The Commissioner's findings will be upheld “if supported by inferences reasonably drawn from the record.” Batson, 359 F.3d at 1193. Substantial evidence requires the Court to determine whether the Commissioner's determination is “supported by more than a scintilla of evidence, although less than a preponderance of the evidence is required.” Sorenson v. Weinberger, 514 F.2d 1112, 1119 n.10 (9th Cir. 1975). “If the evidence admits of more than one rational interpretation, ” that decision must be upheld. Allen v. Heckler, 749 F.2d 577, 579 (9th Cir. 1984). That is, “[w]here there is conflicting evidence sufficient to support either outcome, ” the Court “must affirm the decision actually made.” Allen, 749 F.2d at 579 (quoting Rhinehart v. Finch, 438 F.2d 920, 921 (9th Cir. 1971)).

         The Commissioner employs a five-step “sequential evaluation process” to determine whether a claimant is disabled. 20 C.F.R. § 404.1520, § 416.920. If the claimant is found disabled or not disabled at any particular step thereof, the disability determination is made at that step, and the sequential evaluation process ends. See Id. At step four of that process, the ALJ found Mr. Strong could perform his past relevant work as a house officer and an airline security representative, both as Mr. Strong actually performed them and as they are generally performed. AR 28. Mr. Strong argues the ALJ erred in doing so. The Court agrees.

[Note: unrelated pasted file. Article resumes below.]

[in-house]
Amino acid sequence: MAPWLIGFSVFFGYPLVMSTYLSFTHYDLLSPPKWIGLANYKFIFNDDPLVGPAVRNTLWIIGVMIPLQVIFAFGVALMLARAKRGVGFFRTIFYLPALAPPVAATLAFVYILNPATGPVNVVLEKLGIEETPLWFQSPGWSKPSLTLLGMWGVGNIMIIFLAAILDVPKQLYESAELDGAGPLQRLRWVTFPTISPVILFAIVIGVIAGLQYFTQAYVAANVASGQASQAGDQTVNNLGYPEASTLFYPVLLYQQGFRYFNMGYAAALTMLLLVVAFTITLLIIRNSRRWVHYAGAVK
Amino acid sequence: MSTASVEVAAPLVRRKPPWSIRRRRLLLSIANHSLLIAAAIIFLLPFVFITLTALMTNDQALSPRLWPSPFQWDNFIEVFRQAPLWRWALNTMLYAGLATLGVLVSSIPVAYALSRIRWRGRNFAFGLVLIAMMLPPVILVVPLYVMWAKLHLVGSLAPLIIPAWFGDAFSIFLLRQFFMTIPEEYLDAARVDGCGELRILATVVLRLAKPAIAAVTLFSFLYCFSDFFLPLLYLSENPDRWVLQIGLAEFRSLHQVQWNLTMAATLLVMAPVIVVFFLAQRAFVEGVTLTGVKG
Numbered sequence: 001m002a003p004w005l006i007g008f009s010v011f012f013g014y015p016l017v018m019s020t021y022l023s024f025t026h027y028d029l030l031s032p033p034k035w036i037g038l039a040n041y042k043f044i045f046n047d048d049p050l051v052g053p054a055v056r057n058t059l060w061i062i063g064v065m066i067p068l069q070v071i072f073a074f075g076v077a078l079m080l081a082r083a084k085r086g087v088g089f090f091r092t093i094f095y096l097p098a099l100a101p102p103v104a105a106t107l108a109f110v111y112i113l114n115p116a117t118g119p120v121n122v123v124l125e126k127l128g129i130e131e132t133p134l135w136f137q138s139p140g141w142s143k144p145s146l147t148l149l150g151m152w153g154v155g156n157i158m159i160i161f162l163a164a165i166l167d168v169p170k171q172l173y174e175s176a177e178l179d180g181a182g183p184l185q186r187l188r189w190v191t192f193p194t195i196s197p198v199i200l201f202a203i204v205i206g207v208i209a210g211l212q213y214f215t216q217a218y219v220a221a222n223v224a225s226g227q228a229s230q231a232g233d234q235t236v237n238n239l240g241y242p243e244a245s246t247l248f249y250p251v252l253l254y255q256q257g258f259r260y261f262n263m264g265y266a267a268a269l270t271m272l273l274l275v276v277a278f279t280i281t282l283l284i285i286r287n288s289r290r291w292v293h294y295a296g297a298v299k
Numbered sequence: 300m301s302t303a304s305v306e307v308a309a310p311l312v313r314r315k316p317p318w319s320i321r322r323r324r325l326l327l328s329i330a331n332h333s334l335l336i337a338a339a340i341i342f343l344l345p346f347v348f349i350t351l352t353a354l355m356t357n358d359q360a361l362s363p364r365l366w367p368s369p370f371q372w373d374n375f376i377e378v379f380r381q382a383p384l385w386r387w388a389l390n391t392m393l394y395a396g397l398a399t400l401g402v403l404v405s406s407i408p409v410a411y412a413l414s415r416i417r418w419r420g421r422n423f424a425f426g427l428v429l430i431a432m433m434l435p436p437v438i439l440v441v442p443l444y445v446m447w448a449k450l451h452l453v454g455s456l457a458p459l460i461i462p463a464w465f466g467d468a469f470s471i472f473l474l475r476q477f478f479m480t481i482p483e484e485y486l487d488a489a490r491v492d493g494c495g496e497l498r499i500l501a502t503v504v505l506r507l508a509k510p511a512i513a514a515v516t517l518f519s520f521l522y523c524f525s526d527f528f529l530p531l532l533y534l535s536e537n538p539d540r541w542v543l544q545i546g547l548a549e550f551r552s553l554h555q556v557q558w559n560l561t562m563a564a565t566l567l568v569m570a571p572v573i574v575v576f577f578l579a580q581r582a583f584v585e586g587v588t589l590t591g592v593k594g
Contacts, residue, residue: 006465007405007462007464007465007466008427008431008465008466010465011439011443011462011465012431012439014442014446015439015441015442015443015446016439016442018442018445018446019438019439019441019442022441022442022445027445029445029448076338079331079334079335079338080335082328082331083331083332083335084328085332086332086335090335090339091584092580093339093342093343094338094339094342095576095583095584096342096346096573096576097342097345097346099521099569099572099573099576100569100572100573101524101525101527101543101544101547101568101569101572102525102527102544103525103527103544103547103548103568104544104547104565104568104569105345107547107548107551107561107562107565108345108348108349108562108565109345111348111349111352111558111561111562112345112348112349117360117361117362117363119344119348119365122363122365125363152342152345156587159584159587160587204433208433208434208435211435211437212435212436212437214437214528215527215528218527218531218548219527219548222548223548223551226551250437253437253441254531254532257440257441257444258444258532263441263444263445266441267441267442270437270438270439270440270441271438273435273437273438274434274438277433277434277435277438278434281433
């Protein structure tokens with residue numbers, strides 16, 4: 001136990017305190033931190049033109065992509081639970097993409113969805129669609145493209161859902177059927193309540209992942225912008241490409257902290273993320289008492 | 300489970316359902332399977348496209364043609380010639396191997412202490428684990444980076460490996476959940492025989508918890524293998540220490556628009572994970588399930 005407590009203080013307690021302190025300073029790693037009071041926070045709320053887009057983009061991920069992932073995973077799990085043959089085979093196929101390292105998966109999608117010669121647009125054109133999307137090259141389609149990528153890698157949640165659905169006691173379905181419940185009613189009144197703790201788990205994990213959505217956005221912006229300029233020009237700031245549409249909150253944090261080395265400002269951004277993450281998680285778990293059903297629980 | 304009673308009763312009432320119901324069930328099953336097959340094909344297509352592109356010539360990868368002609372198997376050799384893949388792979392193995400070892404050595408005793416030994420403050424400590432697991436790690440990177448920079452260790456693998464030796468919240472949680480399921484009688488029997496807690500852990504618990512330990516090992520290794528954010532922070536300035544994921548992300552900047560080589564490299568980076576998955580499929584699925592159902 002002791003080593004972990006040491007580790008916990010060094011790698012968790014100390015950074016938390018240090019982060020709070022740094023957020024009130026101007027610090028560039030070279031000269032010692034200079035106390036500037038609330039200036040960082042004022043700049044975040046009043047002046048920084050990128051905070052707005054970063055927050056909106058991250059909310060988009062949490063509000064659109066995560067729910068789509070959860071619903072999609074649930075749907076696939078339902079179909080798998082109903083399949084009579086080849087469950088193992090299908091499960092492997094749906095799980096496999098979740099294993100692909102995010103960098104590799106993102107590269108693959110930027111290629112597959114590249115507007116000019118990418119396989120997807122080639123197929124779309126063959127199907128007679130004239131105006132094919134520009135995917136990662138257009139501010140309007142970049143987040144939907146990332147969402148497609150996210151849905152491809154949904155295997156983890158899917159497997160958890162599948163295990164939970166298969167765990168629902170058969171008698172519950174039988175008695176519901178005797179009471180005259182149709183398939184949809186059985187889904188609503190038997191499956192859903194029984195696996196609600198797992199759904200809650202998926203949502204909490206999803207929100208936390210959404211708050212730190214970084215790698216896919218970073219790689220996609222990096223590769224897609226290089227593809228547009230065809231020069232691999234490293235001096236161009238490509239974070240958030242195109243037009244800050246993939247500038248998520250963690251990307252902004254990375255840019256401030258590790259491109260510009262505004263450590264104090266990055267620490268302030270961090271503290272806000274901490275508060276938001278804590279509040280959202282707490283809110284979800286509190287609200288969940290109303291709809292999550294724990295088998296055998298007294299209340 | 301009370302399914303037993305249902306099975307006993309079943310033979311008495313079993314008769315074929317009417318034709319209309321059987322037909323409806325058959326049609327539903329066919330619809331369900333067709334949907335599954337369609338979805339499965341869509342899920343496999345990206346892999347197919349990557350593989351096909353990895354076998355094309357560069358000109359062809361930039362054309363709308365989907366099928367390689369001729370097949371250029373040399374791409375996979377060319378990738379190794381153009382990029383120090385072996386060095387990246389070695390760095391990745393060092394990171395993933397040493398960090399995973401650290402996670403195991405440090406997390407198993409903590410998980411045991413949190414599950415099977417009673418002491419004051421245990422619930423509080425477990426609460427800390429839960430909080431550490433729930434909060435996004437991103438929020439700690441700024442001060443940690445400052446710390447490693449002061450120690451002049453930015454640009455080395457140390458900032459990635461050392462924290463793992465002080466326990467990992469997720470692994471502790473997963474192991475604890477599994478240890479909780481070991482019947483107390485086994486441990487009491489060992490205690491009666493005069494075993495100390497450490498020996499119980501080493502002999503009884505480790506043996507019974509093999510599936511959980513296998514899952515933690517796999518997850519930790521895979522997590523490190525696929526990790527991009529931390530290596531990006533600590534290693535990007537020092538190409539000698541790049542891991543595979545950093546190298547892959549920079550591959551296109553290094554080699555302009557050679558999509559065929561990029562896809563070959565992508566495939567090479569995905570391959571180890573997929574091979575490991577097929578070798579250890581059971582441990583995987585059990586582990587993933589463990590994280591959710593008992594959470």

Although Mr. Strong worked as a cruise ship screener, the vocational expert classified that past job as airline security representative. AR 106, 324. Airline security representative is described by the Dictionary of Occupational Titles (DOT) as light work, which involves lifting no more than 20 pounds occasionally, and 10 pounds frequently. DOT 372.667-010, 1991 WL 673094; 20 C.F.R. § 404.1567(b); 20 C.F.R. § 416.967(b). The ALJ also limited Mr. Strong to light work. AR 23.

         Mr. Strong reported that as a cruise ship screener that he “would have to pick up luggage at hotels and carry” it, and that the heaviest weight he lifted was 50 pounds. AR 322, 324. Mr. Strong further reported that he had to place and carry baggage for passengers, and place and lift it on and off of x-ray devices. AR 322. In addition, Mr. Strong reported he spent a total of three to four hours per day handling, grabbing, or grasping large objects. AR 322, 324. Thus, it is not at all clear that lifting more than 20 pounds “was not a regular customary part of his job” as the ALJ found. AR 28.

         The Commissioner argues the ALJ may have erred in finding Mr. Strong performed the job of cruise ship screener as it was actually performed, but Mr. Strong could still perform that job as it is generally performed. As Mr. Strong points out, though, the vocational expert testified that although he had not seen the lifting of luggage typically being done in performing the airline security representative, he had been on a cruise and had seen screeners lifting luggage. AR ...